The end of the Big Idea?

Posted by on Aug 11, 2009 in Speeches | 14 Comments


Here (courtesy of Adage) is a nice little clip of me in NYC at the 4As Summer of Planning event explaining a little of why the idea of the Big Idea is really…well, NOT such a big thing to worry about anymore

Sure it's useful for agencies – and sure it's easier to manage complex organisations to produce and deliver against them – but frankly, in a world in which social influence reigns, it's less and less relevant. Do more stuff, place more bets, light more fires, give yourself more chances that one at least of your ideas takes off.

Who'd have thought it, eh?

Of course, charging for this is a whole other game….

PS The green walls are those of JWT's lovely bar area but the haircut is my own unfortunate choice.

Oh, and Flickr feeds for NYC and SF – thanks AAAA for having me!


  1. Tessy
    August 11, 2009

    The crumpled linen shirt and the haircut immediately made think of Hugh Laurie in ‘House’ …. obviously this is very cool indeed!

  2. guy
    August 11, 2009

    brilliant one

  3. giles rhys jones
    August 12, 2009

    bollocks – the fires, the stuff, the bets all need to ladder up to something otherwise it is just a bunch of unconnected activity…
    dr gregory herd. scary thought

  4. Mark Earls
    August 12, 2009

    Thanks, chaps for your considered responses 😉
    Giles (Btw – is that really you?) I beg to disagree.
    1. it might add up to something from the world’s point of view, but it’s unlikely to add up to precisely the thing you – or your client – want it to: it’s the folk out there who make the meaning. No amount of neat tidy agency-authored plans will change the messiness of the real world. Of course, if the actions of the brand are driven by a real sense of purpose and conviction that’s slightly difference but the fundamental point remains the same – it’s not what we do to people that counts; it’s what they do with our stuff and with each other.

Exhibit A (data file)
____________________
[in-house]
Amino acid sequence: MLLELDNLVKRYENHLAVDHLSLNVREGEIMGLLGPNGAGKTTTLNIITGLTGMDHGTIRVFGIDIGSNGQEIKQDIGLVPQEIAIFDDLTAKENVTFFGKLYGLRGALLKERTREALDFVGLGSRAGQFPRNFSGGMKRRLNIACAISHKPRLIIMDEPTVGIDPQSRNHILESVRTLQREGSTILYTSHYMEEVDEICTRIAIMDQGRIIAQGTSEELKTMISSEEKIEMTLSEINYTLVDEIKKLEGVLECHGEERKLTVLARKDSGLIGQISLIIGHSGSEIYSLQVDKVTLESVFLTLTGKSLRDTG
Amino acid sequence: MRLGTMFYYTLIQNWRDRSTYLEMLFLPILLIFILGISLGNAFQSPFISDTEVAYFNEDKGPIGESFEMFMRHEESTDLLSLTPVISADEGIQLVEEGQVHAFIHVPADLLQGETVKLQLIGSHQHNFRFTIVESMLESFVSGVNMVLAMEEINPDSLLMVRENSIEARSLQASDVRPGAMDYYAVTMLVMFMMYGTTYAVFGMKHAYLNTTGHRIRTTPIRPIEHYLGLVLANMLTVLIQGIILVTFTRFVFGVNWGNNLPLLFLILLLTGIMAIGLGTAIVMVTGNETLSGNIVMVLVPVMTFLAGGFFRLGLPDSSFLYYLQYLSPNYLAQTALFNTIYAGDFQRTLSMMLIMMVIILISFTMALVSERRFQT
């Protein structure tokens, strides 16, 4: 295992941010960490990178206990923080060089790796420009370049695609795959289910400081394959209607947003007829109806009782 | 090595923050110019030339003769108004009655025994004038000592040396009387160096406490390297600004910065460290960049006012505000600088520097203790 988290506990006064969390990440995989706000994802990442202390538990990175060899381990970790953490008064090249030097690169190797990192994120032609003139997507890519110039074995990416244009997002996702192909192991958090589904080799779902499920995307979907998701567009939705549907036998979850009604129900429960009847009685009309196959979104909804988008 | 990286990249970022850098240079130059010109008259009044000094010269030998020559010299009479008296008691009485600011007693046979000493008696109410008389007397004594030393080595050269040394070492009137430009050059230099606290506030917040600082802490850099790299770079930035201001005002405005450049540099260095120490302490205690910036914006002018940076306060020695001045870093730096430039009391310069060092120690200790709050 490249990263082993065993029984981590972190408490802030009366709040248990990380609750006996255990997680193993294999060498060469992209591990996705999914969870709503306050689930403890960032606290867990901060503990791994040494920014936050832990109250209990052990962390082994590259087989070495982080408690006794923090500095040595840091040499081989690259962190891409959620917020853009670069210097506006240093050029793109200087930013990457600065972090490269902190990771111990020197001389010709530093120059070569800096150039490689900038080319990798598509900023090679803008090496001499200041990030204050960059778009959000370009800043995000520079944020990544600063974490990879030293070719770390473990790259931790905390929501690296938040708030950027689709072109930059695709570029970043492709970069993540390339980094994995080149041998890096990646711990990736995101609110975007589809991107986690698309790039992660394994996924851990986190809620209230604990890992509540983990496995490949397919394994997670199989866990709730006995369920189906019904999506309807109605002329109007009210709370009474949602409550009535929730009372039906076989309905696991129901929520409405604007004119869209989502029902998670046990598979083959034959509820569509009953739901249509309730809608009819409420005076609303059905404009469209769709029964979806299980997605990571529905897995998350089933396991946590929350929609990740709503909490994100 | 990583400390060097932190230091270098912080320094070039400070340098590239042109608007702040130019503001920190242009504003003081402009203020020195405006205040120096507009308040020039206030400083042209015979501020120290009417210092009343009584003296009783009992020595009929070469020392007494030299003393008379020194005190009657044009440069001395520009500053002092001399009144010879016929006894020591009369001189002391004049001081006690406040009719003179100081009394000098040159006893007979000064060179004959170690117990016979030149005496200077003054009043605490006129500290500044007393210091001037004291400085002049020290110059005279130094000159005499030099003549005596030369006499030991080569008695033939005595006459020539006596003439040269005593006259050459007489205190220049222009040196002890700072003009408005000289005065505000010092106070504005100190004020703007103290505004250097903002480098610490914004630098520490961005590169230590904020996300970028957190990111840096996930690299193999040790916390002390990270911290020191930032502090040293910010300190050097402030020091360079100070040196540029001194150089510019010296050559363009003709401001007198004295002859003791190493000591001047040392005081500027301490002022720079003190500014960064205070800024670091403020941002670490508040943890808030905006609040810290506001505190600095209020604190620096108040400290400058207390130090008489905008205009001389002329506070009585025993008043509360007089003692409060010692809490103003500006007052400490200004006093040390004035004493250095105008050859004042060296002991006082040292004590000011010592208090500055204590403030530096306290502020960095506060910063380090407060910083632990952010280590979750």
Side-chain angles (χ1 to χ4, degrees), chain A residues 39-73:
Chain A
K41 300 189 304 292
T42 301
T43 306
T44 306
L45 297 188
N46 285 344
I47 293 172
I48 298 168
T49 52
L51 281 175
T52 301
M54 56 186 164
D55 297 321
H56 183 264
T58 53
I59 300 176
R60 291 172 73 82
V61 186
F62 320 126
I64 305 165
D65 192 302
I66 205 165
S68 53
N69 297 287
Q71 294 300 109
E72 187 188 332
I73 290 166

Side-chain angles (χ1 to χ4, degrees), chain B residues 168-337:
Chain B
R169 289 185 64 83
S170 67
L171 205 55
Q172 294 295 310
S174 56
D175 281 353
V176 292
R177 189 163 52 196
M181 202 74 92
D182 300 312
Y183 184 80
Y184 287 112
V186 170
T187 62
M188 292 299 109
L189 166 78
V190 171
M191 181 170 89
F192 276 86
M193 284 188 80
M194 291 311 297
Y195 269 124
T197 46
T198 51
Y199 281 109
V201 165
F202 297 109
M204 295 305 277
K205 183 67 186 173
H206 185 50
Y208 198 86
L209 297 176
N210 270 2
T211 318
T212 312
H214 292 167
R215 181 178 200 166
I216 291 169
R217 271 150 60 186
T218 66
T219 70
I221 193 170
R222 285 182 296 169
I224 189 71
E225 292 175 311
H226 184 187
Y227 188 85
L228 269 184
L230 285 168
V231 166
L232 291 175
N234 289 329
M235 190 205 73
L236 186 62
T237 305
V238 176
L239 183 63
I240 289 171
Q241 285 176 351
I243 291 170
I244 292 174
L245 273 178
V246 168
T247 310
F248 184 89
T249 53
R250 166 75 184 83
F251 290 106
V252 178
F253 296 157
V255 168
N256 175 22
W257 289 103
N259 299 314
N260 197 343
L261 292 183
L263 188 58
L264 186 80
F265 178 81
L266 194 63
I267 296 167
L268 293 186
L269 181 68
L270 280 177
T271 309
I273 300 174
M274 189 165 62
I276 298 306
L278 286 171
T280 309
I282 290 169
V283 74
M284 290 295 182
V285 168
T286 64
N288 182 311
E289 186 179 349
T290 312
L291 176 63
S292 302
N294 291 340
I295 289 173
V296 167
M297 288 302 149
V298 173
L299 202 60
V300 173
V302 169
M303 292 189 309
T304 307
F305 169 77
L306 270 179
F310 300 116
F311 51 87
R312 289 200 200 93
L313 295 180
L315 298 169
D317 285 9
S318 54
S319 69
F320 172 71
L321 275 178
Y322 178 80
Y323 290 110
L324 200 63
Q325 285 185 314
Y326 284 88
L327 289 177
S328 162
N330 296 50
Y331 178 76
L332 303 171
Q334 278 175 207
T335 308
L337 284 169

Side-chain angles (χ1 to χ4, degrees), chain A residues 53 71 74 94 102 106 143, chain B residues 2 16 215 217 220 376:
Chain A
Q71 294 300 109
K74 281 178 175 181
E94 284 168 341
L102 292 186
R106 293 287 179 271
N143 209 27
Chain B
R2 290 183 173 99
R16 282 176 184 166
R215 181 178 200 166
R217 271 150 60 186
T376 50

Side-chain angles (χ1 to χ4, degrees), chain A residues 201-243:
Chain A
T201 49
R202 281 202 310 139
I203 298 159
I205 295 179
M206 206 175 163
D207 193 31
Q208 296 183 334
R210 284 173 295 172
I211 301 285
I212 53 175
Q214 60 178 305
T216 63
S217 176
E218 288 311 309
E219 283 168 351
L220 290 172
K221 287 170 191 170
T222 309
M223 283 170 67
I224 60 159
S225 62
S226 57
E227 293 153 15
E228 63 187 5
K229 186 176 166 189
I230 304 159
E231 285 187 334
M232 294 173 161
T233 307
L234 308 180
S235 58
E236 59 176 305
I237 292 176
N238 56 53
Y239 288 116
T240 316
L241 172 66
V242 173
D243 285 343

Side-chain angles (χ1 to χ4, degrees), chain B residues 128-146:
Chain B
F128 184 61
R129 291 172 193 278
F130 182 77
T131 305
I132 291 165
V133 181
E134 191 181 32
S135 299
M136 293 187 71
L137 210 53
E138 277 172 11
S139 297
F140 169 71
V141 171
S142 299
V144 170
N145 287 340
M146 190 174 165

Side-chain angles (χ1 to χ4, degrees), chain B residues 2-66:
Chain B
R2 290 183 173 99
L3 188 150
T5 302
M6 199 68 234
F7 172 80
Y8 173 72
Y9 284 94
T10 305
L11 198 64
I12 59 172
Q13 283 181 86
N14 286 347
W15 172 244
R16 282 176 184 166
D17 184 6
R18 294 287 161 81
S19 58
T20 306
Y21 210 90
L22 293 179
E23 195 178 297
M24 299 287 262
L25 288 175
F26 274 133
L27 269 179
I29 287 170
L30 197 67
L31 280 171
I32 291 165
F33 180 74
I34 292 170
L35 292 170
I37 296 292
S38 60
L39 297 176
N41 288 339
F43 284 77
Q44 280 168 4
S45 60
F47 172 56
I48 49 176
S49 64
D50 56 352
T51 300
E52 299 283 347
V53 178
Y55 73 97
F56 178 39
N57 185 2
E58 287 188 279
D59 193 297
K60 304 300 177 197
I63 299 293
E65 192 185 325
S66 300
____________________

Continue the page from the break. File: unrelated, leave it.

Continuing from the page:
2. as we can’t tell ahead of time which things are going to take, having one big thing is always going to be riskier that than lots of small things which approach the problem in different ways. Of course, none of the ‘fires’ may take off but at least you’ve given yourself the best chance of having at least one that catches.
    Just to be clear, eh?

  5. HolyCow
    August 12, 2009

    Marko – good one – Nicely put too. Two things and a question:
    1) Lots of fires are surely the acceptance that we can’t predict the outcome of our ideas. Clients need to buy certainty. Some agencies over the years have been able to create culture through ideas and executions that work through great insight and great delivery better than others. And some over time have equally been able to do it consistently – John Webster springs to mind. So surely its not about accepting we ain’t that good – its about demanding more accountability and better work – not more stuff. How do you think we can do this more consistently?
    2) We cannot create lots of ideas – we struggle to do one let alone loads as you say. Surely what we need is a single focus of attention based on a product truth and a point of view – or attitude – what the product stands for – expressed as a generous idea that lends itself to being played with, shared and transacted. Thoughts?

  6. hugh de winton
    August 17, 2009

    completely agree, nice post.
    my only concern is the that these fires need to be seen as the start of the brand communication. The next stage is where the action really happens and the fire lighter then gets to converse with the individual based on reaction to said fires. the very definition of the word campaign seems to contradict this new way of thinking by imposing start and end dates – this could be the start of a new direction that go on and on, being constantly tweked by both parties, a kind of advertising in beta
    i just wrote a quick response to this at

  7. Mark Earls
    August 18, 2009

    Good points.